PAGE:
US Pharm. 2018;43(10):4.

Diabetes might not be the only disease that benefits from the addition of insulin, research indicates. The work, a collaboration between departments at the University of Copenhagen and Roskilde University, promises that treating chronic bowel inflammation is possible, demonstrated by injecting insulin into the rectums of test mice.

The study, published recently in the Journal of Crohn’s and Colitis, analyzed the effect of the treatment in tests on mice with a type of ulcerative colitis. The cause of the bowel disorders is unknown, but they generate great discomfort, variously resulting in bloody diarrhea, anemia, stomachache, and weight loss in approximately 20,000 patients in Denmark who suffer from this affliction.

“Existing treatments attack the bowel’s immune system, dampening it; instead our method strengthens the bowel cells’ own defense. It appears to work equally well, and it can probably be used in combination with existing treatments,” says Jørgen Olsen, treatment codeveloper and professor at the Department of Cellular and Molecular Medicine, University of Copenhagen.

The scientists employed a variety of methods to investigate the effect of the insulin treatment. Initially, results showed that the amount of inflammation, expressed as the level of the marker Cox2, dropped by 50% compared to the saltwater control treatment.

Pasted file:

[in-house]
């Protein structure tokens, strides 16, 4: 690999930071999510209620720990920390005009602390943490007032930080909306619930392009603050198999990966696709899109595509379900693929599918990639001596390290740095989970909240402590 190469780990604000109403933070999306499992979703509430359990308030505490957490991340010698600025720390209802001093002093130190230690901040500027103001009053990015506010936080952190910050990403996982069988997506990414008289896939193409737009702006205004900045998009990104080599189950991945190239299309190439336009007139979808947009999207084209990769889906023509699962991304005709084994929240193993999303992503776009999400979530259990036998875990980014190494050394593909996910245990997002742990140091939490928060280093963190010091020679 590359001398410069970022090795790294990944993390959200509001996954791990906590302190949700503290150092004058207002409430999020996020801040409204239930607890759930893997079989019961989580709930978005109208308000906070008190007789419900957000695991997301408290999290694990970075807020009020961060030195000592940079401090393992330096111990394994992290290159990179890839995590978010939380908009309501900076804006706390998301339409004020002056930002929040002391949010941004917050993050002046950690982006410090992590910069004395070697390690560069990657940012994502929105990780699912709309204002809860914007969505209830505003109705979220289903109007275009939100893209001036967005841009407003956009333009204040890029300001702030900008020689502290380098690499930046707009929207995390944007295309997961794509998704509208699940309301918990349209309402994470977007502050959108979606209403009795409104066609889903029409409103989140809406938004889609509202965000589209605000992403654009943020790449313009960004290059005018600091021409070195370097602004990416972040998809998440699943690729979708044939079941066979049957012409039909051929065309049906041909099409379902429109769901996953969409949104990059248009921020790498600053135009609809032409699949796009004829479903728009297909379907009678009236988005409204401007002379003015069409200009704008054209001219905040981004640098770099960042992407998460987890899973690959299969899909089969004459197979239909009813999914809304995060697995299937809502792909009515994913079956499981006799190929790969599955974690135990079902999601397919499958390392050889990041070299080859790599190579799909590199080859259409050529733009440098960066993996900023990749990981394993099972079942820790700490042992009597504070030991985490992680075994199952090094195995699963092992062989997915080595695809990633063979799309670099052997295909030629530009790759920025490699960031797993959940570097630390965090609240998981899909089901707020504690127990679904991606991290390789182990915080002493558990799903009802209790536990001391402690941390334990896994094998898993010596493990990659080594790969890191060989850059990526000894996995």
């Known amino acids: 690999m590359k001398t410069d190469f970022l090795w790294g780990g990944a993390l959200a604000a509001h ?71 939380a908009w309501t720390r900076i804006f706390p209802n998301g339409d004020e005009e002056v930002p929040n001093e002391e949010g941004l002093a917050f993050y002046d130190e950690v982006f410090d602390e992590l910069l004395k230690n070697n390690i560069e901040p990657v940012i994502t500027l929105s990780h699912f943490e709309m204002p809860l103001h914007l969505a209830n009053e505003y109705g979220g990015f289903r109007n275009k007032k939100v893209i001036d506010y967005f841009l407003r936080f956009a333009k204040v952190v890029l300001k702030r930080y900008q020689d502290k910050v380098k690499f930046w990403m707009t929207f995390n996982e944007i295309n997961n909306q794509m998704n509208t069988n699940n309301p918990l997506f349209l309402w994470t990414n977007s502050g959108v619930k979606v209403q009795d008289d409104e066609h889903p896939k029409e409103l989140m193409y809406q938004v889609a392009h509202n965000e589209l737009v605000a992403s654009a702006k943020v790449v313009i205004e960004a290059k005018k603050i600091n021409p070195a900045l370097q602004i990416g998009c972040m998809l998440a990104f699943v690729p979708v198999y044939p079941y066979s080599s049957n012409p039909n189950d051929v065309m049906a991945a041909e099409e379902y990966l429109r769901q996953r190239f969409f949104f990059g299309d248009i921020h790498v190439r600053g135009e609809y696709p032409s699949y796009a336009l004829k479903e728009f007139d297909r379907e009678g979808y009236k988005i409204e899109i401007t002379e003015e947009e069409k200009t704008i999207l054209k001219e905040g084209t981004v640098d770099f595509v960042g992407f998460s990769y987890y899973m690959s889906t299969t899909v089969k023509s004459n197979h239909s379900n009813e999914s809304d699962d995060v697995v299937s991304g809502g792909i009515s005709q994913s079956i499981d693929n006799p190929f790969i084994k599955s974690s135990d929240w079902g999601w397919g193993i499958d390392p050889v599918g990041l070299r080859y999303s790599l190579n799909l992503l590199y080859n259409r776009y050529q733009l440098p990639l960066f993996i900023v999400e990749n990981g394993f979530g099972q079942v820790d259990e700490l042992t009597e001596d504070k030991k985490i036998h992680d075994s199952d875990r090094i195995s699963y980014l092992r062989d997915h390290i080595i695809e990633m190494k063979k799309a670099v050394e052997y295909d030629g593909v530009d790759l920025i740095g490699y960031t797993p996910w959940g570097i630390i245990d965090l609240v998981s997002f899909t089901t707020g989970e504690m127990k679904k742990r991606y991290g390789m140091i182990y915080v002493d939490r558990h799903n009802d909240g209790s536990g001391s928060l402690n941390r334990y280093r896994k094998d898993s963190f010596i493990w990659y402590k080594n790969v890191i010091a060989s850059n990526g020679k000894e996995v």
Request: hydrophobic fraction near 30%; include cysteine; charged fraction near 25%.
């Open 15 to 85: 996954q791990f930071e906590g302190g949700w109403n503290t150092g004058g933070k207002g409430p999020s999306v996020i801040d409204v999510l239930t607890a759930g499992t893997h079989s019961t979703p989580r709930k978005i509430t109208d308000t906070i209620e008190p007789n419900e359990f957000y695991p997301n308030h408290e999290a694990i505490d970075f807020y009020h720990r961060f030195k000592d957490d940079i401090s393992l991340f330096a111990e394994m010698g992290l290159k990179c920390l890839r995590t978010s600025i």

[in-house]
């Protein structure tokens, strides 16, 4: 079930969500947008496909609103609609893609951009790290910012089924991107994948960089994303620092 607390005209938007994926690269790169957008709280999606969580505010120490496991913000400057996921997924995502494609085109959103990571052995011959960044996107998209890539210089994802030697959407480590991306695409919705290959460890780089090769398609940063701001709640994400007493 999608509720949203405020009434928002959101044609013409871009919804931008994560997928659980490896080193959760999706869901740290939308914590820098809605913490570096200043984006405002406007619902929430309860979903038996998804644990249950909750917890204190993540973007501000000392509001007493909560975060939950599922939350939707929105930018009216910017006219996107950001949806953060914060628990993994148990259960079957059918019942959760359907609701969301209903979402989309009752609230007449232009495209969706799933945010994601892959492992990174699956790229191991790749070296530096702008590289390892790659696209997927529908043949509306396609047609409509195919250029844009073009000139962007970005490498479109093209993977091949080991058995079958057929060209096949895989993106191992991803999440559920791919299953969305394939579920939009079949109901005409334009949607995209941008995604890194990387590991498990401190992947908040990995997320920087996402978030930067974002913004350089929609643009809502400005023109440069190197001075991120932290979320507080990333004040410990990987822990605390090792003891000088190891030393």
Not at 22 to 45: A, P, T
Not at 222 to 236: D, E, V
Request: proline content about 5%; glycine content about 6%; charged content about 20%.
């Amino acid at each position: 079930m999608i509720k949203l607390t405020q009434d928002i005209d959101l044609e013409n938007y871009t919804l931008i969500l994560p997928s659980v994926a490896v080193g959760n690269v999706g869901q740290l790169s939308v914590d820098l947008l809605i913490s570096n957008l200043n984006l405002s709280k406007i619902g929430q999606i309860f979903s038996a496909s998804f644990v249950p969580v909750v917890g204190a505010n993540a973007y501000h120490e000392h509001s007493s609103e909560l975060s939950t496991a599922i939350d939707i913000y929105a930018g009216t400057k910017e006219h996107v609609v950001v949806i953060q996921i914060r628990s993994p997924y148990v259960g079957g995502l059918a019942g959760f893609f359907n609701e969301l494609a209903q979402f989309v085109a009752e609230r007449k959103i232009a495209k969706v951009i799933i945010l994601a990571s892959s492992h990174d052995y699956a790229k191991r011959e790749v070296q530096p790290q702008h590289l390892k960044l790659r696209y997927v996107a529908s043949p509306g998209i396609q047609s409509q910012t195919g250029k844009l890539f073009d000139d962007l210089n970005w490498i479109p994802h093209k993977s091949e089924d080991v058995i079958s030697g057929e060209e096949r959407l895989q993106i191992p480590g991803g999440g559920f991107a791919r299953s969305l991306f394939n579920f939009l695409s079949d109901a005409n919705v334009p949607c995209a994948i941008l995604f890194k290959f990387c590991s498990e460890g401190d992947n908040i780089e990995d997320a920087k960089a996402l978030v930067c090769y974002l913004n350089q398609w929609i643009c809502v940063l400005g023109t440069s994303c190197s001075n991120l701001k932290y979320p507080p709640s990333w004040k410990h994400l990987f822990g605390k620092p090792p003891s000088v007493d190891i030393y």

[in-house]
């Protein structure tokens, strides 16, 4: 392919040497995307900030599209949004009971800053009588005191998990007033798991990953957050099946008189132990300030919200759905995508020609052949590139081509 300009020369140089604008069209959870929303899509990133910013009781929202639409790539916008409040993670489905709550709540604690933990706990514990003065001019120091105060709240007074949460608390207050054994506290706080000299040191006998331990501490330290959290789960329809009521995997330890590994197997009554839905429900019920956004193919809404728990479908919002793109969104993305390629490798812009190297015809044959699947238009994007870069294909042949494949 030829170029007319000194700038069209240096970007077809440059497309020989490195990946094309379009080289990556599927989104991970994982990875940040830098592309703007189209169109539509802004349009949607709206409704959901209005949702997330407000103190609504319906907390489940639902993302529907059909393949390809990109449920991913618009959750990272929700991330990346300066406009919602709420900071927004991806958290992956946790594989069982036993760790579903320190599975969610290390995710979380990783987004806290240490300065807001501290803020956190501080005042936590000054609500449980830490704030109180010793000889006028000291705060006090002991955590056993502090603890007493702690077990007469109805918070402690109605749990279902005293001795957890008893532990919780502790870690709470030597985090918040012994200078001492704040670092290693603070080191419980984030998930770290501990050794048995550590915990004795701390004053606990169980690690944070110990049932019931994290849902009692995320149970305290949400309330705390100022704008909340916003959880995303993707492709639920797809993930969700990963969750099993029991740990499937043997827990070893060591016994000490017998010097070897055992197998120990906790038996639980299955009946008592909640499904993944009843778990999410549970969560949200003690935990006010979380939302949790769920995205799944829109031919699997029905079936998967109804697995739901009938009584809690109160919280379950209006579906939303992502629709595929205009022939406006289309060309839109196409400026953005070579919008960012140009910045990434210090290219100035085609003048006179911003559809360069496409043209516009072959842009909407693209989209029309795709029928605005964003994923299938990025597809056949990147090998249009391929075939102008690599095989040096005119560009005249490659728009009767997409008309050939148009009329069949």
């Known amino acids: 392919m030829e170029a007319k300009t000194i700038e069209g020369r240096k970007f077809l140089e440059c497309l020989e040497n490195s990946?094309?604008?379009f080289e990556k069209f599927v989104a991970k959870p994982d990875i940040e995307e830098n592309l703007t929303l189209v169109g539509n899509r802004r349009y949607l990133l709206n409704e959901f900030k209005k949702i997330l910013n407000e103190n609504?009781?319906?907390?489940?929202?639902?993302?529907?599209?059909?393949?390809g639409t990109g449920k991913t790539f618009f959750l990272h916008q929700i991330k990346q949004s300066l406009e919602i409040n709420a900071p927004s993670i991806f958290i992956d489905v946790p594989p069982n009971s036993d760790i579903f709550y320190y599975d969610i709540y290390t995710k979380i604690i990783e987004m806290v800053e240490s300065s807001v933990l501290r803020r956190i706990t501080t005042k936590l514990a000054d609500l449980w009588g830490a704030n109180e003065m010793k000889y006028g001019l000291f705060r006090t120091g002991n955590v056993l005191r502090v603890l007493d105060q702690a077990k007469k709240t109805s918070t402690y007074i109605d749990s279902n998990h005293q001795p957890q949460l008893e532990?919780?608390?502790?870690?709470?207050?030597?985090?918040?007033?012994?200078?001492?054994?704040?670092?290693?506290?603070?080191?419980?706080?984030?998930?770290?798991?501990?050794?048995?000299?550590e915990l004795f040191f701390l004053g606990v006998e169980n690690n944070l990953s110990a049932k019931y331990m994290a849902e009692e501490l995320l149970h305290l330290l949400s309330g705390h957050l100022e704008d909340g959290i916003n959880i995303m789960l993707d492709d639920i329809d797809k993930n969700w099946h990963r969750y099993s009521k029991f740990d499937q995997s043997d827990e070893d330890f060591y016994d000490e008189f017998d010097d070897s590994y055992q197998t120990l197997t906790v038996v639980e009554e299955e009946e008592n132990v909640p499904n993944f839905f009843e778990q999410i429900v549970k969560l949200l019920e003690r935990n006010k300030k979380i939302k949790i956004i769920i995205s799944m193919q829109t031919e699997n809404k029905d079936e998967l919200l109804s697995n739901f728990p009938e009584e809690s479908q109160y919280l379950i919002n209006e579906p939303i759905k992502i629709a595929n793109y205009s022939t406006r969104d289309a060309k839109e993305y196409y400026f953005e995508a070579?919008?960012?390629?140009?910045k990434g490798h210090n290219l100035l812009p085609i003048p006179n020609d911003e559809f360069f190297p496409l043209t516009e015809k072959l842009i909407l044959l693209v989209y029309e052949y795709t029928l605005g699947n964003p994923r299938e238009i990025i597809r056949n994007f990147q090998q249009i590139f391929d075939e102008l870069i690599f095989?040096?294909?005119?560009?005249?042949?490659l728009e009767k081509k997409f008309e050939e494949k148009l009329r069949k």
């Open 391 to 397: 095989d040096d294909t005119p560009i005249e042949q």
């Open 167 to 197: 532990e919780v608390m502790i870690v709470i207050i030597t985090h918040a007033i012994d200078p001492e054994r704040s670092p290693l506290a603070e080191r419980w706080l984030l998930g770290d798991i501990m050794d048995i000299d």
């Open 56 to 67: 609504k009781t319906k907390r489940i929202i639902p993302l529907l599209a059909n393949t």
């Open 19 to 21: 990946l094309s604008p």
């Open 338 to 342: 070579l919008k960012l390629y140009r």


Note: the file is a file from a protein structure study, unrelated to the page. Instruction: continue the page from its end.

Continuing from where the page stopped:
Next, the researchers measured the body weight of the mice (people suffering from colitis typically lose a lot of weight because the disease impacts their eating habits). With the new insulin treatment, the test mice lost 15% to 20% less weight than the control group; after the insulin treatment regimen, they gained weight 50% faster.

The insulin treatment is effective, the researchers believe, because it activates a gene inside the bowel cells that has an antioxidant effect that may protect the bowel cells from inflammation.

Buoyed by the positive results, the researchers have set up a company to examine the treatment in clinical trials on humans and, potentially, to offer the technology to patients. Teaming up with the University of Copenhagen, the researchers have also applied for a patent on the innovative treatment method. (The patent application has been published and will be processed by the European and U.S. patent authorities.) In addition, the researchers’ company and the University of Copenhagen are currently negotiating a license agreement governing commercial exploitation of the patent.

Professor Olsen says that the researchers hope to initiate the phase I trials and are currently looking for investors willing to help them once they are ready for phases II and III. Because rectal injection with existing drugs is a method that is already being used in patients with bowel disease, and since insulin is already a widely approved drug for diabetes patients, they expect fast regulatory approval.

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